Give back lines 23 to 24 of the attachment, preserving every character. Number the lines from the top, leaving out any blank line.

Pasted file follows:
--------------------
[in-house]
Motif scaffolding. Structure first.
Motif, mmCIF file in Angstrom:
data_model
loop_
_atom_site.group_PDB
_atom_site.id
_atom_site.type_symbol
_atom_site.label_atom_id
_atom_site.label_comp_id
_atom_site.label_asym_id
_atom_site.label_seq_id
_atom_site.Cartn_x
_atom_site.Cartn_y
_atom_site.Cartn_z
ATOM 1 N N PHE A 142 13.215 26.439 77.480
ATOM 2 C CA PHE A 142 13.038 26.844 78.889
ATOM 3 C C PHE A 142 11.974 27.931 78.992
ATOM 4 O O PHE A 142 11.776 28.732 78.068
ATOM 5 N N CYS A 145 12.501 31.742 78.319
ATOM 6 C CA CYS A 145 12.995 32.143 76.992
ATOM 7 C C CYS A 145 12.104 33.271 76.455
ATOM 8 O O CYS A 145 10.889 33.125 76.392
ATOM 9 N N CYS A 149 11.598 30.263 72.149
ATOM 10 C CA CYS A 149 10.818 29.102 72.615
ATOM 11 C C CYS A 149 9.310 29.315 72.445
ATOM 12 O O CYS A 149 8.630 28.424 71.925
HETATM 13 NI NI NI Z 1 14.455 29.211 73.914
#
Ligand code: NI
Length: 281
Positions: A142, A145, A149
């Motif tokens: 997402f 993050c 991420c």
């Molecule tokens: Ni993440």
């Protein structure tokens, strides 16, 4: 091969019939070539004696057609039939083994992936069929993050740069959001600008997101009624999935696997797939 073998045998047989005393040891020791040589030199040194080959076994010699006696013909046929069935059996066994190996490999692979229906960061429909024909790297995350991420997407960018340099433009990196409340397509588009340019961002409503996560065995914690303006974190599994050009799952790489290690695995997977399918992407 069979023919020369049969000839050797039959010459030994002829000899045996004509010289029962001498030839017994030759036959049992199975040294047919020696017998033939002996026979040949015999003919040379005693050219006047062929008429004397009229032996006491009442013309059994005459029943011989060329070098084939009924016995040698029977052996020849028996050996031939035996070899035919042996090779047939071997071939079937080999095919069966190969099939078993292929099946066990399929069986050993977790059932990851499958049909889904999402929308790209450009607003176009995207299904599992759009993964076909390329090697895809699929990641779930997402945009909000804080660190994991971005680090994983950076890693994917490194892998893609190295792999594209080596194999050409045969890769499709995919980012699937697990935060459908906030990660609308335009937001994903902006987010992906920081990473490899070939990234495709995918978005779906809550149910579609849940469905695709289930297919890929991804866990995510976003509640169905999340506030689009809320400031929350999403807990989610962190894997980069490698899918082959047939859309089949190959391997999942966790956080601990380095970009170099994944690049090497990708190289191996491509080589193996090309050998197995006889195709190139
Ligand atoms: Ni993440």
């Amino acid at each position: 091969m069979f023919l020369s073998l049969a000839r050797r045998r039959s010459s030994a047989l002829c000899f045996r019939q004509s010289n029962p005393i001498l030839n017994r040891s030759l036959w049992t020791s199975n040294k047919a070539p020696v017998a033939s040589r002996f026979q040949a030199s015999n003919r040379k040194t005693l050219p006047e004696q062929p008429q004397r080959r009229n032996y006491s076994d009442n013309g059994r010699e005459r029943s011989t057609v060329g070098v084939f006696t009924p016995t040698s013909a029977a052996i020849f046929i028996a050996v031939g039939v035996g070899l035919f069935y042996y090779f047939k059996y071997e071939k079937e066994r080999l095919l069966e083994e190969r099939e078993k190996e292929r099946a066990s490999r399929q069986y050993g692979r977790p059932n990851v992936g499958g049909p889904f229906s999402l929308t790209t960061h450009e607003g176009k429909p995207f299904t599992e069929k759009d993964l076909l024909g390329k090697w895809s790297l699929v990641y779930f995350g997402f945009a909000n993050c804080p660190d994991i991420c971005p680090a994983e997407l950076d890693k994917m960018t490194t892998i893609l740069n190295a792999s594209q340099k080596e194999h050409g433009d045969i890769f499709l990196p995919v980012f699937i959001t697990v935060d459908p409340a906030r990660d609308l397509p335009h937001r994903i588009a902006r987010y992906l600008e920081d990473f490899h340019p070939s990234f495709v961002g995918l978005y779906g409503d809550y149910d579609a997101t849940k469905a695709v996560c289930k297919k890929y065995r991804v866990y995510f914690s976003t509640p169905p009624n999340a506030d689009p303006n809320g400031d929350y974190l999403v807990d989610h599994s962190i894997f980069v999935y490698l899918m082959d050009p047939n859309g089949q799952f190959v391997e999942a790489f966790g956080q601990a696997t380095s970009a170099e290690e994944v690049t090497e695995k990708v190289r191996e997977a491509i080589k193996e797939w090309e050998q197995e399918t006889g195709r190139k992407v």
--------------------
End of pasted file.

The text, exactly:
ATOM 8 O O CYS A 145 10.889 33.125 76.392
ATOM 9 N N CYS A 149 11.598 30.263 72.149